DJ Premier was not on hand to link up with Pete Rock, even though the duo are working on a new LP together! The album is expected to be completed by year-end, and though hardly any details regarding release have been revealed, it is known that GZA will make an appearance on the album. Preemo and KRS-One also have a collaborative LP in the works, and Nas recently told Premier that he still wants a collaborative album, and he recently announced a label comp entitled Get Used to Us due on December 7th. Premier recently spoke with the Village Voice on the current state of hip hop.
More pictures and some video from the Heineken Inspire event are below.
photos by Andrew St. Clair, words by BBG
Flavor Flav, in a rare moment of sanity, is sans clock and reality show video crew!
There was a moment between songs yesterday during Public Enemy's rollicking performance in the middle of a rain-streaked Central Park where Chuck D likened his legendary rap outfit to the venerable thirst quencher lemonade..."Take the water and the lemon out of that equation, and you get diabetes," Chuck said, referring to his scrawny partner in crime's recent reality show foibles. "VH-1 gave America diabetes."Public Enemy brought the noise to Summerstage on 8/15, along with the return of Son of Bazerk (never thought I would say that name again), Blitz The Ambassador, Kendo And The Almost Famous Band, and a special DJ set from the hip hop legend Kool Herc. It was Son of Bazerk's first NYC show in 19 years(!):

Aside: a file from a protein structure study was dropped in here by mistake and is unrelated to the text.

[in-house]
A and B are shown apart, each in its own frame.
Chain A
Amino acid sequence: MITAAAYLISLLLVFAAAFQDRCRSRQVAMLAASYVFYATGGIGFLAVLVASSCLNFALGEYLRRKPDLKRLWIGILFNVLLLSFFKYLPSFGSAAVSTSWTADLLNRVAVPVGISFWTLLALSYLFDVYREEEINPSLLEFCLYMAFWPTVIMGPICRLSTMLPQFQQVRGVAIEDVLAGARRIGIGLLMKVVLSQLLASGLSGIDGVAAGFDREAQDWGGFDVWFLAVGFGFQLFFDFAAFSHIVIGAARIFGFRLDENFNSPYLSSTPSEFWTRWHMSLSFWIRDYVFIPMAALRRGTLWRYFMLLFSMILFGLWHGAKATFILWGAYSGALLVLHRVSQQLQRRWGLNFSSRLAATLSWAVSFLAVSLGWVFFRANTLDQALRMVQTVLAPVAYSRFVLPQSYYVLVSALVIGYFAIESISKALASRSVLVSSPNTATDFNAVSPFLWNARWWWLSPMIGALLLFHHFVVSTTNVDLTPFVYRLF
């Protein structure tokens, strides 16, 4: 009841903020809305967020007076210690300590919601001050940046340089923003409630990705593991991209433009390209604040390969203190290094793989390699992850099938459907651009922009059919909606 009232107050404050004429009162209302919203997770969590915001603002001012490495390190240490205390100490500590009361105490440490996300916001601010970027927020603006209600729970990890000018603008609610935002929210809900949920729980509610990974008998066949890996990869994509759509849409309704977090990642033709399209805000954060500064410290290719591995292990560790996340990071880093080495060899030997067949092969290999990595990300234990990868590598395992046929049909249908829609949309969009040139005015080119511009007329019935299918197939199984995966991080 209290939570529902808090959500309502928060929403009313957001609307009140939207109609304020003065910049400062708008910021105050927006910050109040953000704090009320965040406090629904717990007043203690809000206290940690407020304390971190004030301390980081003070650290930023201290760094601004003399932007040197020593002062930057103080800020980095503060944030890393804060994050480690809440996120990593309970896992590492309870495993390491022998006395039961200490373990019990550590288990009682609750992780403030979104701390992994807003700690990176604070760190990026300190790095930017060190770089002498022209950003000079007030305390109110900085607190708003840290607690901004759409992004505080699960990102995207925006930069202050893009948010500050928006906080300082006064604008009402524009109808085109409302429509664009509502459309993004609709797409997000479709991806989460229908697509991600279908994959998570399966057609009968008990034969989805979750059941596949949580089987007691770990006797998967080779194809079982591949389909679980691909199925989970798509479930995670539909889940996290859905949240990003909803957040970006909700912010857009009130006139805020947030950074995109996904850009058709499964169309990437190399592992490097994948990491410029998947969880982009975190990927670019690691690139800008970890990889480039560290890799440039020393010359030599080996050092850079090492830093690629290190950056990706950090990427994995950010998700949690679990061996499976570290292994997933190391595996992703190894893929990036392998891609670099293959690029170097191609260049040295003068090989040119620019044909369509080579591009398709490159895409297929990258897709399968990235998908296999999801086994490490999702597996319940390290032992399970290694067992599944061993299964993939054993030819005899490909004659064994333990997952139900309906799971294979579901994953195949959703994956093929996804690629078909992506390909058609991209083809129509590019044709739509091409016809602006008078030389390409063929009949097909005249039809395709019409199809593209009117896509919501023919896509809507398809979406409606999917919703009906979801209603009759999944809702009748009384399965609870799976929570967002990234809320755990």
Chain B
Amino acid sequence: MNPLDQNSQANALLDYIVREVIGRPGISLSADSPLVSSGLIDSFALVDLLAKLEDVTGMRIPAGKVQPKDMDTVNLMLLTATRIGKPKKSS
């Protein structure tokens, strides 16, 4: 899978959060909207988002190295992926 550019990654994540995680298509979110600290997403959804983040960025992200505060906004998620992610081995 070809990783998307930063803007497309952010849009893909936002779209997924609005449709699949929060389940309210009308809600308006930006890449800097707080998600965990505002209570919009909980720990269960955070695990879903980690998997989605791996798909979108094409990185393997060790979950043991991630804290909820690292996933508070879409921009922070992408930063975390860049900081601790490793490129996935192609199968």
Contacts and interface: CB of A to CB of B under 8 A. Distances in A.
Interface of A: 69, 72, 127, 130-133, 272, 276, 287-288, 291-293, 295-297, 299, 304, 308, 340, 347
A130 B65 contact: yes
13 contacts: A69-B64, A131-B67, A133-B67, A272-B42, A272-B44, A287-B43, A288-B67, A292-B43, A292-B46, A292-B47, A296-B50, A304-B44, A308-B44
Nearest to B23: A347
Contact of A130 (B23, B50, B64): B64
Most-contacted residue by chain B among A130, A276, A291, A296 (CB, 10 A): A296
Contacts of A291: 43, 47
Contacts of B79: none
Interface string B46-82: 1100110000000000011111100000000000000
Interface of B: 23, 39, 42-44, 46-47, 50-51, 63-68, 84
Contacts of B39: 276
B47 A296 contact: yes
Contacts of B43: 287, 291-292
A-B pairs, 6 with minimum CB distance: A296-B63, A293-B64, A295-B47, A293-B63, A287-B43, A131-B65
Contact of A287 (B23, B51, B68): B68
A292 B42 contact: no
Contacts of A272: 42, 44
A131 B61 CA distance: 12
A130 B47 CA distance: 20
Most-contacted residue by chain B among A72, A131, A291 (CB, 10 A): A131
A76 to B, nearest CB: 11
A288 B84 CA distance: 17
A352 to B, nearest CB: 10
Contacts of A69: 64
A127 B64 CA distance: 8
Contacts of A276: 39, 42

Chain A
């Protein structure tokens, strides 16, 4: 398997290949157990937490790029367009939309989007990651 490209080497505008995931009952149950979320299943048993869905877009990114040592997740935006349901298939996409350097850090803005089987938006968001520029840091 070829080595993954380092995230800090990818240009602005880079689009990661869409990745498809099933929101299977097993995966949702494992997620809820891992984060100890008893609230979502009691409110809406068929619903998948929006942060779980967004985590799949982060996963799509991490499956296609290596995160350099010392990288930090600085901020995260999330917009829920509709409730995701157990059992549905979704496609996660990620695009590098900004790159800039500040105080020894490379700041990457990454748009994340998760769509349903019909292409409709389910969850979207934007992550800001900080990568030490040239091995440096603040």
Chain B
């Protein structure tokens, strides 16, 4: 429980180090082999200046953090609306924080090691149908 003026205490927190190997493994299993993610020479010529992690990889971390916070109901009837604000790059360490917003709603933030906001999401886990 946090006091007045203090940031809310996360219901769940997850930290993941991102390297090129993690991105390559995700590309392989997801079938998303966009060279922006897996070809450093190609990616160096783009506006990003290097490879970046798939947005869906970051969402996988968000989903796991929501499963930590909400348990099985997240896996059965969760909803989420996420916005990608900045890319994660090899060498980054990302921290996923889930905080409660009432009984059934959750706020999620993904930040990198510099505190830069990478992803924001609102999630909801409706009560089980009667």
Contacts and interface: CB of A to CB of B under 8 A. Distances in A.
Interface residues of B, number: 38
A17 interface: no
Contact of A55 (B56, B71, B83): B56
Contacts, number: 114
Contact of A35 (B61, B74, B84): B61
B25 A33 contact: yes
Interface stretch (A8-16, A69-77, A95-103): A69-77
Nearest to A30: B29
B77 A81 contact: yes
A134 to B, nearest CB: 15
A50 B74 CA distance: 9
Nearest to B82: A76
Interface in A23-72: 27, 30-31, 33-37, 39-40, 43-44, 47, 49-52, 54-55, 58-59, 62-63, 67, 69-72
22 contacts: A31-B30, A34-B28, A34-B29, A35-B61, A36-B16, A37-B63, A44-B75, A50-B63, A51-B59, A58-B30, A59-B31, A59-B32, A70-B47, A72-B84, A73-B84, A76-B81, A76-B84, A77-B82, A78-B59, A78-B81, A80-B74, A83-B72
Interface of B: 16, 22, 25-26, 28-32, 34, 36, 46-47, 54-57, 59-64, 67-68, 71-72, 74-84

While the crowd guffawed heartily, Flav took the diss in stride with a slight smirk on his face. The truth is the be-clocked rapper's turn on "Flavor of Love" probably only served to help Public Enemy in the long run. -[Crawdaddy]
"Son of Bazerk has the greatest voice ever!" That's according to Public Enemy frontman Chuck D, praising the lead rapper for the grandiosely monikered Son of Bazerk Featuring No Self Control and the Band, a Bomb Squad-associated group from Freeport, Long Island, who secured cult status in hip-hop off the back of 1991's critically acclaimed Bazerk, Bazerk, Bazerk album-and then promptly disappeared for nearly 20 years...Son of Bazerk and No Self Control has a newish LP out now, I Swear On An Old Stack of Hits available now via Chuck D's Slam Jamz label. Get it here.
Hip-hop folklore attributes Son of Bazerk's vanishing act to one of two factors: Their sound was either ahead of its time, or they were stymied by Bomb Squad producer Hank Shocklee, who released their debut album through his M.C.A. imprint, S.O.U.L., but allegedly refused to sanction a follow-up, compelling Bazerk to characterize Shocklee as "one of the dirtiest motherfuckers I ever seen in my life" in a 2008 interview reprinted on the rap blog Unkut. -[Village Voice]
More pics from the Summerstage show are below...
Central Park Summerstage (more by Chris La Putt)
The schedule for the 2010 SummerStage series, which has music not just at Central Park, is out, and there are some great looking shows to highlight.
At Central Park, the first "rock" show happens on Saturday, June 5th with Living Colour, Ebony Bones!, Pillow Theory and CX KiDTRONiK. Baaba Maal, who just played Irving Plaza, will be at Central Park too on Monday, June 14th The Tinariwen show on Saturday, June 26th also features Syrian beat & mikeman Omar Souleyman. Gil Scott-Heron plays Central Park in June and Marcus Garvey Park in August.